But Kennedy finally overrode them, sending a secret emissary to Khrushchev offering to remove the missiles from Turkey but only after six months had elapsed so that the quid-pro-quo would not be readily apparent, and telling Khrushchev that this secrecy was part of the deal. The Soviet leader agreed and thus the crisis was averted.
After Kennedy’s death the next year, all the others involved in these negotiations made a pact that they would never reveal this deal, and so they all consistently lied to the media and the public about how the crisis had been resolved. The facts emerged when it turned out that Kennedy had been secretly recording the deliberations and the recordings were released in 1982. But as is often the case, the long-standing myths, which appealed to the macho sensibilities of the nation, were too strong to overcome.
So what the public has been fed is a steady diet of myths straight out of Western films, the crisis being portrayed as a high noon showdown in which the US stood strong and the Soviet Union ‘blinked’. It feeds into the Manichaean mind-set of good vs. evil and that the good side has to be strong and inflexible to achieve results. That rhetoric reverberates to this day and contributes directly to needless tensions and hostility between the US and other nations.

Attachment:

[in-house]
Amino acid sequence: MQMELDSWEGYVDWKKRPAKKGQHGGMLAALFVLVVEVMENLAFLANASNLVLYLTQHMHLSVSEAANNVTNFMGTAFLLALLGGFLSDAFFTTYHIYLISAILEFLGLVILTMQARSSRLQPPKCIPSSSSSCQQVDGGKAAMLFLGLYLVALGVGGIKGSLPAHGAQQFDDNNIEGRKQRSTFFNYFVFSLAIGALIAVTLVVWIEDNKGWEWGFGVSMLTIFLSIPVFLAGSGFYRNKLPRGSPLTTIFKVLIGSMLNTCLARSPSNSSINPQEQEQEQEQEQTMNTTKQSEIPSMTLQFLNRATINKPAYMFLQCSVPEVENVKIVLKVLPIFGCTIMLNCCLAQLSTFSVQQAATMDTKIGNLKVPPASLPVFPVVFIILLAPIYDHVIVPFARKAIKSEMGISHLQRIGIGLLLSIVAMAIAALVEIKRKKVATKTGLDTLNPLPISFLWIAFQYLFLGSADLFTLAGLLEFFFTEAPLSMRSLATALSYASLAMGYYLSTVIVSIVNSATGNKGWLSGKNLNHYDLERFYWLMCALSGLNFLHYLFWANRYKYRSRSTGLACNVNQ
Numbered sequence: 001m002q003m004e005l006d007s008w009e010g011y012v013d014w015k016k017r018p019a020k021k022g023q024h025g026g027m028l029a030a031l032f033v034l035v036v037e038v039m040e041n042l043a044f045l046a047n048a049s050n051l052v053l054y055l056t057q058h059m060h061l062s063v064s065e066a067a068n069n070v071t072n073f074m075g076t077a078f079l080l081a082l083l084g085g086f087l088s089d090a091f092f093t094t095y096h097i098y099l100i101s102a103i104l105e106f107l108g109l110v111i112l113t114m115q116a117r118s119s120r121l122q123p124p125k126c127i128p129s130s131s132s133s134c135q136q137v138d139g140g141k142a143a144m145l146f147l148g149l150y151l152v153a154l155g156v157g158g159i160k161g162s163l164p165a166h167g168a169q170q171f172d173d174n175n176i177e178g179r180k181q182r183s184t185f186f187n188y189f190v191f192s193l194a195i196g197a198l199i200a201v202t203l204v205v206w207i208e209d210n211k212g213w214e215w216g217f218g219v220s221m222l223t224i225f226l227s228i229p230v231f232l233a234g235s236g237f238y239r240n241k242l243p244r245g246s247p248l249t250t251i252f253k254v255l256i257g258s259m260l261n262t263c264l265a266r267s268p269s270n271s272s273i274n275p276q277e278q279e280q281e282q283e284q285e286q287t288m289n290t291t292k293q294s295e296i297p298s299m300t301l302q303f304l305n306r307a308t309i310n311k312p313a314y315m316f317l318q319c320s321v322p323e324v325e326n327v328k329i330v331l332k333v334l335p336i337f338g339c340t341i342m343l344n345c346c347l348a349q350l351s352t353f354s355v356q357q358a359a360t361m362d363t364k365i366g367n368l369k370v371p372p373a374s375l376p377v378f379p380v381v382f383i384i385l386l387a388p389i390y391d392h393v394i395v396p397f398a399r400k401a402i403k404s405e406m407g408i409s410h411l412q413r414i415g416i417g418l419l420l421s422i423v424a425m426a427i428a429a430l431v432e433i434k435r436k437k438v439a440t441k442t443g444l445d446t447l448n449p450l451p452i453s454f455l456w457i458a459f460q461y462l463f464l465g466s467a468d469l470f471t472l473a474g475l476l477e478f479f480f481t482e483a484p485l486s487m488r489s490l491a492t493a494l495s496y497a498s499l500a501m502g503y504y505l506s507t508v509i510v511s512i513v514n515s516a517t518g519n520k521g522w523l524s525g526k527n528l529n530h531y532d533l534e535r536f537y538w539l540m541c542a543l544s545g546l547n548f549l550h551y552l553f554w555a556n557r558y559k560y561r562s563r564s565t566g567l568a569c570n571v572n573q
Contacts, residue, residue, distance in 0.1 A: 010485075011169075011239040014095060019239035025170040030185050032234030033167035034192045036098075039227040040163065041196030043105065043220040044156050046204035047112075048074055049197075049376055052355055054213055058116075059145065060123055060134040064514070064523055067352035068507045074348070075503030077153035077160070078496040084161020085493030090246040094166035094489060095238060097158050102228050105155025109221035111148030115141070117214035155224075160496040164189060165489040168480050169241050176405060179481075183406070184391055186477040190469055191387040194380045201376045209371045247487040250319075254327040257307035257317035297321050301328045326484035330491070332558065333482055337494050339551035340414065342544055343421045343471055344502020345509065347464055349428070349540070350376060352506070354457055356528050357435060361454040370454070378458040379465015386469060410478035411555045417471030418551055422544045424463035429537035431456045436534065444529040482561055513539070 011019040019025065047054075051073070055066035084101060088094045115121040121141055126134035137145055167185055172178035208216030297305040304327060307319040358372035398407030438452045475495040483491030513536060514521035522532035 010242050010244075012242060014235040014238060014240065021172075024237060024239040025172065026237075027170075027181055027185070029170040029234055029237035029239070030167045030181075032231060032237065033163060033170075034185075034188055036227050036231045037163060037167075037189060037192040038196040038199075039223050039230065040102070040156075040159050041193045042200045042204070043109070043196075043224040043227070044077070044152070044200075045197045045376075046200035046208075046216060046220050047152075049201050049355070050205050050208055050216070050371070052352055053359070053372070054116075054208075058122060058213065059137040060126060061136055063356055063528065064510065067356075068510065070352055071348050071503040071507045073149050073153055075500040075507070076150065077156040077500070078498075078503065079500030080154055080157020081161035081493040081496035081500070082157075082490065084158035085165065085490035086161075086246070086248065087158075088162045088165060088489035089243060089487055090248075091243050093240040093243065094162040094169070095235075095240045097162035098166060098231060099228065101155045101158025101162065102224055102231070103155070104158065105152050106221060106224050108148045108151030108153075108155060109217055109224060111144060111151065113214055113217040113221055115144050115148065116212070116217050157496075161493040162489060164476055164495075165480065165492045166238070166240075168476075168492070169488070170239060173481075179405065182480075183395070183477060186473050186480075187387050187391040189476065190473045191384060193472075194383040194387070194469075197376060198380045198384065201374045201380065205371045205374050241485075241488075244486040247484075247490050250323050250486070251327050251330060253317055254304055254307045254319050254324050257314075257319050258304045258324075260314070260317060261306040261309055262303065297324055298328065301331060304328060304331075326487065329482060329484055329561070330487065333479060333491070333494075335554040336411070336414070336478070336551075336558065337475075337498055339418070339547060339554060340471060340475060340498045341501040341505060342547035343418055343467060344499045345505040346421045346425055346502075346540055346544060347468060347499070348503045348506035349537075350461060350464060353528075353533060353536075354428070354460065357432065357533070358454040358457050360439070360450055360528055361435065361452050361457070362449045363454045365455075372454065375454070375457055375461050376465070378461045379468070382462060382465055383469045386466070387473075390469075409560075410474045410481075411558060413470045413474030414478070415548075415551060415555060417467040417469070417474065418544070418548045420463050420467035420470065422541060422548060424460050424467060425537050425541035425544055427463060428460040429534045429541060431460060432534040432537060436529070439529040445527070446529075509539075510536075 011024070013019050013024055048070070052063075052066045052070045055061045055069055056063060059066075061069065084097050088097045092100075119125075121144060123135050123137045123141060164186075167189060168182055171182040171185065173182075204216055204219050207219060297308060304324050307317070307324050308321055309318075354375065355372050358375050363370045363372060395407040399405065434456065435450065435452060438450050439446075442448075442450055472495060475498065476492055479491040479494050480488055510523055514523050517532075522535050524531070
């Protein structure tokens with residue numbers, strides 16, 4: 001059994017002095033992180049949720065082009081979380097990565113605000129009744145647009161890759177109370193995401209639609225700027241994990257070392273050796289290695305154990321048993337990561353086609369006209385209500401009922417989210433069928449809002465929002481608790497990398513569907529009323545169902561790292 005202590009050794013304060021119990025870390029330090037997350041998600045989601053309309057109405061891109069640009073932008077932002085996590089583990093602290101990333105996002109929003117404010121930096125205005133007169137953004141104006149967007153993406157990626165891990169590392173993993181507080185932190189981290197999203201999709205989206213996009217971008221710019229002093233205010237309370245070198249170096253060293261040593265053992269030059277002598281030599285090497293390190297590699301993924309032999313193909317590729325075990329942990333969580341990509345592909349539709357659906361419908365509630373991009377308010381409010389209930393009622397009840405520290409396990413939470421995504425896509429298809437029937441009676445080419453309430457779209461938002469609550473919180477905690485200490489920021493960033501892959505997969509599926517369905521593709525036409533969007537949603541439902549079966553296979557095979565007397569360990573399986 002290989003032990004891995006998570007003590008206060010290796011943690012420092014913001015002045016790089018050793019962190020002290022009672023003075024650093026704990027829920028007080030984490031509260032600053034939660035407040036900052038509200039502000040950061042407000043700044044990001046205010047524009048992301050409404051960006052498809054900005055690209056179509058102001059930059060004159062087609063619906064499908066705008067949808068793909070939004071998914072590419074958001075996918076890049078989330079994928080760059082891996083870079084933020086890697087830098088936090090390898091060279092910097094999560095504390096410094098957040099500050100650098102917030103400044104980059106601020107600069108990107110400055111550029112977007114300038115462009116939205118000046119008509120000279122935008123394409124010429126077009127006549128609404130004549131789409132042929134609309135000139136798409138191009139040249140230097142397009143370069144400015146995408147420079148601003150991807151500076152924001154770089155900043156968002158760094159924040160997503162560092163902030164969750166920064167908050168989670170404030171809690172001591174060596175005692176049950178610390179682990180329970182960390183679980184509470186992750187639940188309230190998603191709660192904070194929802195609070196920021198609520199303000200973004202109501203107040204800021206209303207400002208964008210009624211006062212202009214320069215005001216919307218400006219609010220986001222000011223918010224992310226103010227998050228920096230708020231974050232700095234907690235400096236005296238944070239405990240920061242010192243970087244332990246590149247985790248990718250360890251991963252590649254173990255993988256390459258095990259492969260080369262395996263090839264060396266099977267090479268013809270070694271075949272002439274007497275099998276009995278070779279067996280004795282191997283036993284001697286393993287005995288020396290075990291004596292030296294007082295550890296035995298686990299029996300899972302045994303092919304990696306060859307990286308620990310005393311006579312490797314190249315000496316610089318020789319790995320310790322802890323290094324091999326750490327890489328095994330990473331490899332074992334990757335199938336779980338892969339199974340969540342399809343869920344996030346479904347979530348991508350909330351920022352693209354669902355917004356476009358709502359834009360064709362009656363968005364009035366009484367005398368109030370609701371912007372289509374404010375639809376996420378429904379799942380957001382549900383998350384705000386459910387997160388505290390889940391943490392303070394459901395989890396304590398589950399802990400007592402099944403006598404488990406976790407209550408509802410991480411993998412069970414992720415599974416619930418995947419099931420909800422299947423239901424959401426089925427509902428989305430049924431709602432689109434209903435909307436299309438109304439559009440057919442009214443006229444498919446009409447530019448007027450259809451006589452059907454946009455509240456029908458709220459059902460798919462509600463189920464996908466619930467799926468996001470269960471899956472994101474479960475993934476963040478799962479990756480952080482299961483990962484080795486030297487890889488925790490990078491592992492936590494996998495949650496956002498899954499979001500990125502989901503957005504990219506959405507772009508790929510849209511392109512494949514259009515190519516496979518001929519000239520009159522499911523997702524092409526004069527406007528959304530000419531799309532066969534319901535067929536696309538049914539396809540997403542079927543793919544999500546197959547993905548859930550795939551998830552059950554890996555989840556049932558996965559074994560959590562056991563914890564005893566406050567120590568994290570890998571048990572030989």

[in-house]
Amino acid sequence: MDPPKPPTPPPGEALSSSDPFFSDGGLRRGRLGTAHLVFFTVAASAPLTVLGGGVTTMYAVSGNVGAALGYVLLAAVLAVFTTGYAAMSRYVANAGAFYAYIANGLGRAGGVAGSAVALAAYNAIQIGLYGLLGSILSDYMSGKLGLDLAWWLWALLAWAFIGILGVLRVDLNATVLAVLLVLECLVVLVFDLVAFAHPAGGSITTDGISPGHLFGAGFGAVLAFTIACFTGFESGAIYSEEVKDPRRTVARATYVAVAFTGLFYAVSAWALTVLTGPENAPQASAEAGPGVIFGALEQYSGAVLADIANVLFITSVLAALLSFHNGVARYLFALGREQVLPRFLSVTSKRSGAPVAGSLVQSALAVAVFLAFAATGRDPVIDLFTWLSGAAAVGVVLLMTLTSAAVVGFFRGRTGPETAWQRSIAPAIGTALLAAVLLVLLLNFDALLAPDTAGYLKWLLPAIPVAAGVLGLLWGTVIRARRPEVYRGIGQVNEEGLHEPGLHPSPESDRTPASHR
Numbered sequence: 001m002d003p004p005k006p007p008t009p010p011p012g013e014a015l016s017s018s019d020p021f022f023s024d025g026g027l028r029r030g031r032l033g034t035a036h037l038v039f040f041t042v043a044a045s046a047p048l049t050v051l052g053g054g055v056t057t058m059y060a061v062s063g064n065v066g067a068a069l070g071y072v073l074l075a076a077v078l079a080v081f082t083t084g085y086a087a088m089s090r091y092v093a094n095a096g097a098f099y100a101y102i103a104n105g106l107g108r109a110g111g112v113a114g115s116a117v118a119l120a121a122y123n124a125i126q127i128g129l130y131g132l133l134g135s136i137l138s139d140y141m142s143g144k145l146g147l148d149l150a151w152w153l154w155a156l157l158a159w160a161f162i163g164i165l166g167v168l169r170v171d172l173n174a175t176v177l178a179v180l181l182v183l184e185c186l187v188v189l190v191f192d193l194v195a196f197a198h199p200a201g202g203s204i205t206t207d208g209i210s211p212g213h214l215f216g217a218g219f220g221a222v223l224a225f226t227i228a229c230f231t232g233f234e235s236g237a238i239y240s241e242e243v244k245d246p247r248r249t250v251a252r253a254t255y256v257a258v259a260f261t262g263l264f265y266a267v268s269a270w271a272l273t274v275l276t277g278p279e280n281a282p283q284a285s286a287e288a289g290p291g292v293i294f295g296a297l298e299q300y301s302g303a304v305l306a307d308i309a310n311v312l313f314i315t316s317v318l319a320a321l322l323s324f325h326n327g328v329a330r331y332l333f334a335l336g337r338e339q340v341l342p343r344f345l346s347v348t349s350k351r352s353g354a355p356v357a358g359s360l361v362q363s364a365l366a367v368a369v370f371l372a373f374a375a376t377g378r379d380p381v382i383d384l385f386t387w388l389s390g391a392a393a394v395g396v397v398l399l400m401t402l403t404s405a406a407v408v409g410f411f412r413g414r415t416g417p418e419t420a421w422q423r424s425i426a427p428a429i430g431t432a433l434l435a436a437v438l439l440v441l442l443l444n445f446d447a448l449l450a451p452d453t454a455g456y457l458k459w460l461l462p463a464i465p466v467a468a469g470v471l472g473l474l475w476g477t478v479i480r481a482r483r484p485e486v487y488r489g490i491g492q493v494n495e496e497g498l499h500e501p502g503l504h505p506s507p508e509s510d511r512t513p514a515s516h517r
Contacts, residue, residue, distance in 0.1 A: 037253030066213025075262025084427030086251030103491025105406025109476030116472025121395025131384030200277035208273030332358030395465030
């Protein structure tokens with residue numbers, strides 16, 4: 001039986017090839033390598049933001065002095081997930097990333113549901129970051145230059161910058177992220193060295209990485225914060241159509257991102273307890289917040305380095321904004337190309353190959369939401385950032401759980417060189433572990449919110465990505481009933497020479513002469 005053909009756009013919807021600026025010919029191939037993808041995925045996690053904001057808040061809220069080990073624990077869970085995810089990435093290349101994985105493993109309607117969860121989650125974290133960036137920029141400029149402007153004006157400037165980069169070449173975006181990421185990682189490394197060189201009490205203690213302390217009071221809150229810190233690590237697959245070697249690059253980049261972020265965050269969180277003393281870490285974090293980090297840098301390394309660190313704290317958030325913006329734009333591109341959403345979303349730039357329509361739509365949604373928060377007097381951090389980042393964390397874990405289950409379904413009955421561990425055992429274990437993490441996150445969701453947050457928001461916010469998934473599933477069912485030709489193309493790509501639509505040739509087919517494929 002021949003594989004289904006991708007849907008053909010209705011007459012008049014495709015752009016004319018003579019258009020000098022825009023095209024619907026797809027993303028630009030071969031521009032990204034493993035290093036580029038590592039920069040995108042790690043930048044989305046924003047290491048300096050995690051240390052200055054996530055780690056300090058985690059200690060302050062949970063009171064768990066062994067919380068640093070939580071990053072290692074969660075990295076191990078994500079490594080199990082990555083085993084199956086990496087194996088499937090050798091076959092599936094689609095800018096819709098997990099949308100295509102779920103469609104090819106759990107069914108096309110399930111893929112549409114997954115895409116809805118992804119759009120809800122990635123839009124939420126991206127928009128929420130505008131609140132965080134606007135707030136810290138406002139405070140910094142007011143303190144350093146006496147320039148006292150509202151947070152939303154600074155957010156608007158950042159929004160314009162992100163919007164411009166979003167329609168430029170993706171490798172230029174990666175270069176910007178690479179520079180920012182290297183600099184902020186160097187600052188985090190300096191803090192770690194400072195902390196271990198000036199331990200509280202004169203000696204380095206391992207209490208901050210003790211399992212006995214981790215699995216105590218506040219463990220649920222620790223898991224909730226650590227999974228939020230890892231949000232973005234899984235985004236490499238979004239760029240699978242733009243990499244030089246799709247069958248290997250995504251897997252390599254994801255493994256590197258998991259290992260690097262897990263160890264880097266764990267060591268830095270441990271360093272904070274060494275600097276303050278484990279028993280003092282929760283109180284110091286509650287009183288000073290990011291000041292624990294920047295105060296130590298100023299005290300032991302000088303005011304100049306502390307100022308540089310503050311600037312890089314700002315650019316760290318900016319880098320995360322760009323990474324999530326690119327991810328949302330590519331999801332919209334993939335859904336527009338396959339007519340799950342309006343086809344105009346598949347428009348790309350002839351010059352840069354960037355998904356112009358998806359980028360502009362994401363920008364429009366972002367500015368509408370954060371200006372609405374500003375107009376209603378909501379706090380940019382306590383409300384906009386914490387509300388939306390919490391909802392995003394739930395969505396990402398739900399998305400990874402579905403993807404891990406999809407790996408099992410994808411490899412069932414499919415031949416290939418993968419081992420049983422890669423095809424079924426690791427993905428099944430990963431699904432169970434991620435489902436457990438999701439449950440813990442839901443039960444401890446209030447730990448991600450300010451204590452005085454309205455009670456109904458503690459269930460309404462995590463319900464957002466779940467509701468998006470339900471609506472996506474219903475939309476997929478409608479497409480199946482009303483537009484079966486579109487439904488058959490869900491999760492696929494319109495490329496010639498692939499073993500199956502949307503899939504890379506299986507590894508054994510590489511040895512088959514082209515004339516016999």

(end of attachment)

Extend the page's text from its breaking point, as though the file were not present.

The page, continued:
In another interview on the same program, Leslie Gelb of the Council of Foreign Relations explains how that false view bedeviled future attempts to peacefully settle conflicts elsewhere because of the need to have the US appear strong and unyielding.
Even now we see that US presidents have to tread gingerly when the issue of talks with countries like North Korea or Iran come up. The idea that one should have talks that lead to some sort of compromise is enough to invoke comparisons to Neville Chamberlain or even as borderline treasonous. The president is expected to lay down ultimatums and it is only after the other side has complied that talks can take place about how to comply with the ultimatums, which is absurd. As Orsi says,